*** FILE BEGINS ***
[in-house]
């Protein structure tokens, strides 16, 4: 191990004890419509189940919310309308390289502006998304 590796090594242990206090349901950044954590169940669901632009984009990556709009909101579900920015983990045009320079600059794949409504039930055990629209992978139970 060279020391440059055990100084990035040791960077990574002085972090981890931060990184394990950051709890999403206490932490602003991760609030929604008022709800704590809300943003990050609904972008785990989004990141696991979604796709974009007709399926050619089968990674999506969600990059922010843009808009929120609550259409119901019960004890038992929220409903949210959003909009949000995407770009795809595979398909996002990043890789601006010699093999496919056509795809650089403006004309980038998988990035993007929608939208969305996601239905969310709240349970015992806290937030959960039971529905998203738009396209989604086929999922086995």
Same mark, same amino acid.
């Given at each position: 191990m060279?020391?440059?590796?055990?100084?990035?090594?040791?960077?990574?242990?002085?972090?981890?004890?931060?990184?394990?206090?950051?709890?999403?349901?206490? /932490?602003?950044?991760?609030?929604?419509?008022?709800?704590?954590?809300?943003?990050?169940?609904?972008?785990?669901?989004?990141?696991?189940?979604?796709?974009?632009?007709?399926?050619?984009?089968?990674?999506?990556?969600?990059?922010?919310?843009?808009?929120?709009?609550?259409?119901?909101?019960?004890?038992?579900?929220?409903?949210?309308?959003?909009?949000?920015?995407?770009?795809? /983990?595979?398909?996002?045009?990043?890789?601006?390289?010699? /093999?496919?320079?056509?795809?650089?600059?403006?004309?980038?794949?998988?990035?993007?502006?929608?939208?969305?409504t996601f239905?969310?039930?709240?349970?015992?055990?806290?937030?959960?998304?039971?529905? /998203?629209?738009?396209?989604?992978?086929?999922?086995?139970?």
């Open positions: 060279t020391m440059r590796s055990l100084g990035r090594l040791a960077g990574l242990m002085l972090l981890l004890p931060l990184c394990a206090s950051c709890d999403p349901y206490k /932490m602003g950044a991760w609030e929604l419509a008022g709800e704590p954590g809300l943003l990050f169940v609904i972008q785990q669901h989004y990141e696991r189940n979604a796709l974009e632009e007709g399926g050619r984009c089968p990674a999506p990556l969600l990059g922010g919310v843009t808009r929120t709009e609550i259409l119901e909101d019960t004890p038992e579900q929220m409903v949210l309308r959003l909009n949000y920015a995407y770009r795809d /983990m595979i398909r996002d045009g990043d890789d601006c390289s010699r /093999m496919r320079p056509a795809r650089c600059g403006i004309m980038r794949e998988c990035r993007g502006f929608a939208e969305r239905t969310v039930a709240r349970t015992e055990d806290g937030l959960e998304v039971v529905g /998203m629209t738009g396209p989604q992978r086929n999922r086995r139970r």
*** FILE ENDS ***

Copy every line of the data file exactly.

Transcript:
[in-house]
């Protein structure tokens, strides 16, 4: 191990004890419509189940919310309308390289502006998304 590796090594242990206090349901950044954590169940669901632009984009990556709009909101579900920015983990045009320079600059794949409504039930055990629209992978139970 060279020391440059055990100084990035040791960077990574002085972090981890931060990184394990950051709890999403206490932490602003991760609030929604008022709800704590809300943003990050609904972008785990989004990141696991979604796709974009007709399926050619089968990674999506969600990059922010843009808009929120609550259409119901019960004890038992929220409903949210959003909009949000995407770009795809595979398909996002990043890789601006010699093999496919056509795809650089403006004309980038998988990035993007929608939208969305996601239905969310709240349970015992806290937030959960039971529905998203738009396209989604086929999922086995």
Same mark, same amino acid.
């Given at each position: 191990m060279?020391?440059?590796?055990?100084?990035?090594?040791?960077?990574?242990?002085?972090?981890?004890?931060?990184?394990?206090?950051?709890?999403?349901?206490? /932490?602003?950044?991760?609030?929604?419509?008022?709800?704590?954590?809300?943003?990050?169940?609904?972008?785990?669901?989004?990141?696991?189940?979604?796709?974009?632009?007709?399926?050619?984009?089968?990674?999506?990556?969600?990059?922010?919310?843009?808009?929120?709009?609550?259409?119901?909101?019960?004890?038992?579900?929220?409903?949210?309308?959003?909009?949000?920015?995407?770009?795809? /983990?595979?398909?996002?045009?990043?890789?601006?390289?010699? /093999?496919?320079?056509?795809?650089?600059?403006?004309?980038?794949?998988?990035?993007?502006?929608?939208?969305?409504t996601f239905?969310?039930?709240?349970?015992?055990?806290?937030?959960?998304?039971?529905? /998203?629209?738009?396209?989604?992978?086929?999922?086995?139970?």
């Open positions: 060279t020391m440059r590796s055990l100084g990035r090594l040791a960077g990574l242990m002085l972090l981890l004890p931060l990184c394990a206090s950051c709890d999403p349901y206490k /932490m602003g950044a991760w609030e929604l419509a008022g709800e704590p954590g809300l943003l990050f169940v609904i972008q785990q669901h989004y990141e696991r189940n979604a796709l974009e632009e007709g399926g050619r984009c089968p990674a999506p990556l969600l990059g922010g919310v843009t808009r929120t709009e609550i259409l119901e909101d019960t004890p038992e579900q929220m409903v949210l309308r959003l909009n949000y920015a995407y770009r795809d /983990m595979i398909r996002d045009g990043d890789d601006c390289s010699r /093999m496919r320079p056509a795809r650089c600059g403006i004309m980038r794949e998988c990035r993007g502006f929608a939208e969305r239905t969310v039930a709240r349970t015992e055990d806290g937030l959960e998304v039971v529905g /998203m629209t738009g396209p989604q992978r086929n999922r086995r139970r």